Friday, January 12, 2007

Dirt Dauber Determination

To feed their families, the mud daubers (dirt daubers) pack their dinners on my back porch. Spiders seem especially tasty to them, so they paralyze the main course and stuff them into their custom designed storage units.

Mud daubers are members of the wasp family and are not hostile “stingers” as are some of their cousins. However, they are aggressive in another area: nursery construction.

In the summer, females can be spotted near the edge of mud puddles, where they roll wet dirt into tiny balls, about the size of a BB. One uniform ball at a time, held in the mandibles (jaws), is flown to a construction site. Pellet by pellet they construct tubes, shaped like organ pipes.

The females around here are partial to the mortar indentations on my bricked back porch. Bit by bit, BB by BB they carry out their mission to ensure the survival of their young.

Upon completion, each bin holds paralyzed spiders and grub-like larvae to feed upon them. Mud dauber moms put their babies in cylinders with spiders, but first, they made sure they could do no harm.

In the Old Testament story about Joseph, his brothers in a moment of very poor judgment sold him to Midianite merchants. Later, in an act of deception, they showed their father Joseph’s blood-soaked coat. Their dad reasoned that Joseph, mauled by a wild beast, was dead. The sons did nothing to correct his assumption.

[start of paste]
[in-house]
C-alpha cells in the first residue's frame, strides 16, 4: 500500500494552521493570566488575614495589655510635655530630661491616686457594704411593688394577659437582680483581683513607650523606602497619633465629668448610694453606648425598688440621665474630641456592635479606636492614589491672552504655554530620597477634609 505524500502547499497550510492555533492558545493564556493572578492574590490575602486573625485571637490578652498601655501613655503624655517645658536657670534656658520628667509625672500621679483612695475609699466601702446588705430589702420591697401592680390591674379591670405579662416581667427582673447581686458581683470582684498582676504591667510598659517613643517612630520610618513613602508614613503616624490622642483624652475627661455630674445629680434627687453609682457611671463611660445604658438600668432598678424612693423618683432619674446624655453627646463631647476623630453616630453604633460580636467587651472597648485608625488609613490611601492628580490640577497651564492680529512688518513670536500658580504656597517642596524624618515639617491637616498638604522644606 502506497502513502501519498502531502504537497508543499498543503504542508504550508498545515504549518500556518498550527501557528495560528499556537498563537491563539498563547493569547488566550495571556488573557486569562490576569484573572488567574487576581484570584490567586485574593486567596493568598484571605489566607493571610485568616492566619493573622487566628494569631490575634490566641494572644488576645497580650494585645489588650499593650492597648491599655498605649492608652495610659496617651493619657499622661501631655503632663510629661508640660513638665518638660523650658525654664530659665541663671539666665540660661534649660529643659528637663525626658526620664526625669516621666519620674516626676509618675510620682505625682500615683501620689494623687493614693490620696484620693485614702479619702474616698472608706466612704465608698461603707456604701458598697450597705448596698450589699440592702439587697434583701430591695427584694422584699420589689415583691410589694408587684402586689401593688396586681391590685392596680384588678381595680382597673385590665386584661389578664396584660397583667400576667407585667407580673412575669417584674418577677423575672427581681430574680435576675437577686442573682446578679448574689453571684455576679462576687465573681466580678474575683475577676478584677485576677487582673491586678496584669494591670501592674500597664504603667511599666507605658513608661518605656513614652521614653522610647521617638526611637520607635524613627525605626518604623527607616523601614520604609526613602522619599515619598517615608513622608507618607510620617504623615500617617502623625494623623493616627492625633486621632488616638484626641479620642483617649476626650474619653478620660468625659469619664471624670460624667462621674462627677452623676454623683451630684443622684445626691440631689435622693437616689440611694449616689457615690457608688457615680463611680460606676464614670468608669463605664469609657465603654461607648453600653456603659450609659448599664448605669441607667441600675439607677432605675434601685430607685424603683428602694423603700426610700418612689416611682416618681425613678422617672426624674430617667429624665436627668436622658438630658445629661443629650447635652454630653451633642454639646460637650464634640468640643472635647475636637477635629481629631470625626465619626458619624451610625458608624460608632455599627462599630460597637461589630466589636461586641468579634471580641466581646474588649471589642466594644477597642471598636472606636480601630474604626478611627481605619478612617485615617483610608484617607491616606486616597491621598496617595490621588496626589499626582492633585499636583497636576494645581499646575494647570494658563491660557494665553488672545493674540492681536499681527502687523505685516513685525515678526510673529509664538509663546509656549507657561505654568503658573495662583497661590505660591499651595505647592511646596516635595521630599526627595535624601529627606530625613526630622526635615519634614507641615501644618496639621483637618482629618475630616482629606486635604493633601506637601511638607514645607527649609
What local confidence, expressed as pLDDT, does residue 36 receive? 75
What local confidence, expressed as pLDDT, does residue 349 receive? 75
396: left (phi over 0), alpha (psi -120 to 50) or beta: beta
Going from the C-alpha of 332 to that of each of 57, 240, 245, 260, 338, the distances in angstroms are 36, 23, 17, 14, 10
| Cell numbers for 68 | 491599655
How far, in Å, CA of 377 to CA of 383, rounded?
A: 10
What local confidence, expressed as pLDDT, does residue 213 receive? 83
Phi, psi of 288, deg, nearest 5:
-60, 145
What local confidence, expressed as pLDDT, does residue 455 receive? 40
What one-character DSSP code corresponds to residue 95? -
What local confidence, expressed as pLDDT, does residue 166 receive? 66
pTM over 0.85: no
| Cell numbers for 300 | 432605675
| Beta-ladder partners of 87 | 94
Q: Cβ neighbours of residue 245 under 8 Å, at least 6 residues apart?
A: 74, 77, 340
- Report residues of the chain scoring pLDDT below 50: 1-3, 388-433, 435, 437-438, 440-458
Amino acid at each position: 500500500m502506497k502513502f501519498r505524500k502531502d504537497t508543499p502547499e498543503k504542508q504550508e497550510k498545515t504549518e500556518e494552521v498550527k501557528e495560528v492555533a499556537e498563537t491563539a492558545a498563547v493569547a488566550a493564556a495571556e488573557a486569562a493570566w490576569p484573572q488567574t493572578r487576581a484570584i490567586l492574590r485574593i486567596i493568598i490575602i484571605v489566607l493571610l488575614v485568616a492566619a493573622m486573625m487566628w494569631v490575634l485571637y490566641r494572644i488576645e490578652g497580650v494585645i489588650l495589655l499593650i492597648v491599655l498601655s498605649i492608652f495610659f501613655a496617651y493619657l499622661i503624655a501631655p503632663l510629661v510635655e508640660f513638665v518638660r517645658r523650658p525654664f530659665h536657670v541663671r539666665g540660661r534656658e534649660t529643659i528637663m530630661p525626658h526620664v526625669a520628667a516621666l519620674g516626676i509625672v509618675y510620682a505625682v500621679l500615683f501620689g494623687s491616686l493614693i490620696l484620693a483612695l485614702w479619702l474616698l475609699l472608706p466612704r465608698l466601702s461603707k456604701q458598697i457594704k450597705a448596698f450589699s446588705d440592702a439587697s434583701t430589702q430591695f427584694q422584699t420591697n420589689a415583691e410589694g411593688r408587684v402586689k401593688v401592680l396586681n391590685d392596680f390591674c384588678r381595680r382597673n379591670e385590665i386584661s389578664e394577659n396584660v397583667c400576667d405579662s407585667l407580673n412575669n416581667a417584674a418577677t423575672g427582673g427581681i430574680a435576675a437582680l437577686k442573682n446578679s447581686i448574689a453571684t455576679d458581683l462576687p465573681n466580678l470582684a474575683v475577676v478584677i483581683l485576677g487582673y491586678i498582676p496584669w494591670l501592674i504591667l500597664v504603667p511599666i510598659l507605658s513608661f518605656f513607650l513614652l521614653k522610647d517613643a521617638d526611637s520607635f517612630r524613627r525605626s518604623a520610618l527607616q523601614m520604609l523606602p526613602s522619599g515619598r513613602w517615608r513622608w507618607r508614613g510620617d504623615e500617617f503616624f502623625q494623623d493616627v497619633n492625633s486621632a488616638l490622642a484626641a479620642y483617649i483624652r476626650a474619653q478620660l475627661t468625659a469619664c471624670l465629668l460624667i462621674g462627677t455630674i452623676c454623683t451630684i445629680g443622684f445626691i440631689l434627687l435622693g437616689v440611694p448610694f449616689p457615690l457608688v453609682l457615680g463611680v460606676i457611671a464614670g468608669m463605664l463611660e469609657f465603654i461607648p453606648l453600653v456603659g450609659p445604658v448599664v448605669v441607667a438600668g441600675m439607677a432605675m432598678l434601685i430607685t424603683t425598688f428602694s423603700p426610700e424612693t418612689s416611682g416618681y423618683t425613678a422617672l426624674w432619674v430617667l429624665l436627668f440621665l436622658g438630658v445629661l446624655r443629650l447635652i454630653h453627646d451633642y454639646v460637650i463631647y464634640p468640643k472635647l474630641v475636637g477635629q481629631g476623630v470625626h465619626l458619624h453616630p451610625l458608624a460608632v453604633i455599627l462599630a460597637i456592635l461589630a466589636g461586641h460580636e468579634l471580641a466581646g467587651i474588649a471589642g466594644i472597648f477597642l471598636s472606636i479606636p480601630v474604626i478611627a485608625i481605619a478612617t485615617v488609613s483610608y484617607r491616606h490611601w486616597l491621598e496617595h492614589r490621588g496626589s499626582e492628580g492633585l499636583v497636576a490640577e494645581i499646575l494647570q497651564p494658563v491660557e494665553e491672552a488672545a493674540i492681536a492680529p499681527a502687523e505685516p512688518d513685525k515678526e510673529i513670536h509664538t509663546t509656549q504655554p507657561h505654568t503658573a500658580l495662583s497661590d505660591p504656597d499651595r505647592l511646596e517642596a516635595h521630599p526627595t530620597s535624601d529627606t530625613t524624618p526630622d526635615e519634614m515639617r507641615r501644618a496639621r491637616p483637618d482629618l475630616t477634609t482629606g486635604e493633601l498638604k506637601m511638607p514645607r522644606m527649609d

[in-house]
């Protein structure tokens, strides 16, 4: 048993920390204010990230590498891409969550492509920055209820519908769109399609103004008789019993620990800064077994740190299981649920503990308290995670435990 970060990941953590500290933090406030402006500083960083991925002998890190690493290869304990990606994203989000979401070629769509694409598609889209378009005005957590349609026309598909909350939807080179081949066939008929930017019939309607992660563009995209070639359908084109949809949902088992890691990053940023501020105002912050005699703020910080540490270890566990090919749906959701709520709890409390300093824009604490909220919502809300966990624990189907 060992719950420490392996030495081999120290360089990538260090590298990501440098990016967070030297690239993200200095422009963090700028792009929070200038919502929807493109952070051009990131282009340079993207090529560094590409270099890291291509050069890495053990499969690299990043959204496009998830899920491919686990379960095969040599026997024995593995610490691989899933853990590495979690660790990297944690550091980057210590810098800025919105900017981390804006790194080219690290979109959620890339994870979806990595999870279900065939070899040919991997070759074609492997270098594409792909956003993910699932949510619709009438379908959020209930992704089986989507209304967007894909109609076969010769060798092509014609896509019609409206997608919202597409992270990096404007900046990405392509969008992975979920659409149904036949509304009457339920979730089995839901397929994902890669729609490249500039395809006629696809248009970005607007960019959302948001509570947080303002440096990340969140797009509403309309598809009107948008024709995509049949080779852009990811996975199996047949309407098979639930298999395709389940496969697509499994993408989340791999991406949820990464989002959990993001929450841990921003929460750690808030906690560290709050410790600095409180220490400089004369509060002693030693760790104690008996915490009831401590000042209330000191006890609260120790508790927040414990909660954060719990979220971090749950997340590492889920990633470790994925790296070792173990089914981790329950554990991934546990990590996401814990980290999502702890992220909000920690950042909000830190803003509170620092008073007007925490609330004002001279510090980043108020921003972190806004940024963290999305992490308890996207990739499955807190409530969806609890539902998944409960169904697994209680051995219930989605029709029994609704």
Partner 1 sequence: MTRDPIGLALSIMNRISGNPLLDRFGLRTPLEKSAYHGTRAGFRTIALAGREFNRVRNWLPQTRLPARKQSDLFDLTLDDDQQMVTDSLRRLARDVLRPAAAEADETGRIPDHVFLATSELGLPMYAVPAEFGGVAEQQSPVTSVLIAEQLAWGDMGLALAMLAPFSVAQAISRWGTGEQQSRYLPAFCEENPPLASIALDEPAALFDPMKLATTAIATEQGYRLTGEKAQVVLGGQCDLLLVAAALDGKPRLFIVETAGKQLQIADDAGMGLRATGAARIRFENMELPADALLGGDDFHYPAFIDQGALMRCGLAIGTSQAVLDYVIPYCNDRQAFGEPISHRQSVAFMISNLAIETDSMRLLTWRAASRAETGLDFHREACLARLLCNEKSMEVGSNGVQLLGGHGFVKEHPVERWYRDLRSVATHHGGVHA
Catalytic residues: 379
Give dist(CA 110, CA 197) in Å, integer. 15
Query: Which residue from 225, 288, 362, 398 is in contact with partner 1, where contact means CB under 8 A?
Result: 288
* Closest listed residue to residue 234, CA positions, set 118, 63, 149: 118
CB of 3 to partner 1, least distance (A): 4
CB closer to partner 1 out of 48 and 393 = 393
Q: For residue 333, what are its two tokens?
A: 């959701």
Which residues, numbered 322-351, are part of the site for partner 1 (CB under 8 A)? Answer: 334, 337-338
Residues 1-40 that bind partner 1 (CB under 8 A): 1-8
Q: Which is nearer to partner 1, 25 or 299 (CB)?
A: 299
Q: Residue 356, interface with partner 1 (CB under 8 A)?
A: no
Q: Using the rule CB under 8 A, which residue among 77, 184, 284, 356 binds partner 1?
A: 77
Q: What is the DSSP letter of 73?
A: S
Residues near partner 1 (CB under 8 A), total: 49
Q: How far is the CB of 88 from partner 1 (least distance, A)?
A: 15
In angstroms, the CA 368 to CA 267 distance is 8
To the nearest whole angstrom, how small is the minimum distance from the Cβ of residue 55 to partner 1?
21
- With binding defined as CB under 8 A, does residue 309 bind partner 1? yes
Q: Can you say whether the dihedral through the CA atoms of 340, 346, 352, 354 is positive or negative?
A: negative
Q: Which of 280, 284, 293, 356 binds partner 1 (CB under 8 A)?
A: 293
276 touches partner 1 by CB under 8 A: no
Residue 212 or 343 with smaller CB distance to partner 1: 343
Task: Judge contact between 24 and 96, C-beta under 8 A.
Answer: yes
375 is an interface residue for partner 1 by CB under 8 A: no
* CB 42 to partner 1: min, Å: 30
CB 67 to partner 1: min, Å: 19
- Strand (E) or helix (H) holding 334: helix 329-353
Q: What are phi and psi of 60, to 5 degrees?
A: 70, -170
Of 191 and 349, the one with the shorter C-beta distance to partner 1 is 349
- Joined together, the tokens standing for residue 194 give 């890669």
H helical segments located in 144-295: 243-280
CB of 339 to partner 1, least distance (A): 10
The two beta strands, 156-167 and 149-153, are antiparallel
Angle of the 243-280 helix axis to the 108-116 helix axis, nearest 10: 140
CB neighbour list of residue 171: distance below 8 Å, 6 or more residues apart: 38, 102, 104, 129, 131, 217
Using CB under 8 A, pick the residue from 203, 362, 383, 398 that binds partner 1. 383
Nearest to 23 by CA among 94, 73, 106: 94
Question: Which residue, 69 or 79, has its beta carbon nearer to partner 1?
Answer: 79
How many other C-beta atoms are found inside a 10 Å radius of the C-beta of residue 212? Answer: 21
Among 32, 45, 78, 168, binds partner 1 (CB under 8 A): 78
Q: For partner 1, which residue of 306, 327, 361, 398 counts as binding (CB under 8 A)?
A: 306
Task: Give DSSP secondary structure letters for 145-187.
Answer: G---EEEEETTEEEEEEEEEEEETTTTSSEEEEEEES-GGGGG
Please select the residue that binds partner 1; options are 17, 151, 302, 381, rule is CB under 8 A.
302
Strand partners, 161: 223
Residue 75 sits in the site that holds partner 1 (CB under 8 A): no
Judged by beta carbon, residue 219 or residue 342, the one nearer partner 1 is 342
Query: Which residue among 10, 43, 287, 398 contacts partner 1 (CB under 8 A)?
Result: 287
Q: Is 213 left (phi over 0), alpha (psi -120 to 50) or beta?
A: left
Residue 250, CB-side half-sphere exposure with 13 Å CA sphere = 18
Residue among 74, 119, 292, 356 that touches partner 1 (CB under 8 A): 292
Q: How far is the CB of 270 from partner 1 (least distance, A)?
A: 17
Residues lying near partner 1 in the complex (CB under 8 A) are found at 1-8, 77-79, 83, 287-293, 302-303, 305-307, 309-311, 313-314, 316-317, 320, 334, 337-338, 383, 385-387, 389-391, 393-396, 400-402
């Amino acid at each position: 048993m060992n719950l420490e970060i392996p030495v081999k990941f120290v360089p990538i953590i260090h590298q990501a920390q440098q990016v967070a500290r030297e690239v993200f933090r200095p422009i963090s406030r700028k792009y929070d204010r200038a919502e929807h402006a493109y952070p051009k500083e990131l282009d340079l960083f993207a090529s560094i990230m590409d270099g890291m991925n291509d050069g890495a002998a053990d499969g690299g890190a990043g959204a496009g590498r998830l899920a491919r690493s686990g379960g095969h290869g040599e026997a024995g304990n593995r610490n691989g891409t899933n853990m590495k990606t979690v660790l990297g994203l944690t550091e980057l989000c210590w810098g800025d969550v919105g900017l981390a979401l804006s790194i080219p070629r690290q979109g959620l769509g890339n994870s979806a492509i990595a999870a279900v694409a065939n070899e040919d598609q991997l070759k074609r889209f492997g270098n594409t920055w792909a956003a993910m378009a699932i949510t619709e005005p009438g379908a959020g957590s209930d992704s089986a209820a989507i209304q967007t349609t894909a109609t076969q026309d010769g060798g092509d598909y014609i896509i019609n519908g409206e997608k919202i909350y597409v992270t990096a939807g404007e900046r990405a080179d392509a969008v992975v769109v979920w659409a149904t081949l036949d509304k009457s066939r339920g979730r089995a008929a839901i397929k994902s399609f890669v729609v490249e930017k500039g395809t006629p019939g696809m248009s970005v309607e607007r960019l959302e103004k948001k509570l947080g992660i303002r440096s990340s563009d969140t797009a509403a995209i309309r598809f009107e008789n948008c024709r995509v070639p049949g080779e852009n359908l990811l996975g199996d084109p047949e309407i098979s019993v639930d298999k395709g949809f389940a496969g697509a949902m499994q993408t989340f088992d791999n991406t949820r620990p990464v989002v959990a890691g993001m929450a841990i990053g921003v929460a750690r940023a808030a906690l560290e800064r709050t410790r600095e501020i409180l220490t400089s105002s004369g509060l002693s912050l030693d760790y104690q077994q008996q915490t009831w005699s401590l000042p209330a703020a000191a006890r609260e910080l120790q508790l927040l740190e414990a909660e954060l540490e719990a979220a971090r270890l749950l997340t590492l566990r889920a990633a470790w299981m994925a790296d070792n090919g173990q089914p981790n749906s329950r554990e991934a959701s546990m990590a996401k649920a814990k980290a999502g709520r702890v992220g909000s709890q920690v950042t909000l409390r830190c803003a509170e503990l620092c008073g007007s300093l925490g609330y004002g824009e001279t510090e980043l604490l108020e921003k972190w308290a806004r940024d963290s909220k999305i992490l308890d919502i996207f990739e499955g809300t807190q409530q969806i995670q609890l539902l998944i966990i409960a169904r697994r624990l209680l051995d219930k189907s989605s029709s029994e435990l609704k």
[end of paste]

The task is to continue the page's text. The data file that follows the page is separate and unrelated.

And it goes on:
Meanwhile in Egypt, Joseph grew to a position of power, eventually a tool in God’s plan to save Joseph’s family and thousands upon thousands during a seven year famine. Much later, his guilty brothers acknowledged Joseph in his powerful role and asked for protection.

Joseph recognized God’s providential touch saying, “Don’t be afraid.” What his brothers had intended for harm Joseph knew “God intended it for good.” Joseph “reassured them and spoke kindly to them” (Genesis 50:15-21).

To help protect the next generation, God told the Israelites to keep account of how he watched over them: Stay alert. Keep close watch over yourselves. Don’t forget what you’ve seen. Don’t let your hearts wander off. Stay vigilant as long as you live. Then God said, “Teach what you’ve seen and heard to your children and grandchildren” (The Message, Deut. 4:9).

Throughout life, our little ones will come in contact with harm similar to live spiders, but God can paralyze evil and turn a bad situation into benefits for many.

When summer arrives watch for God’s mysterious teachers, the mud daubers.

Contact Cathy at

No comments:

Post a Comment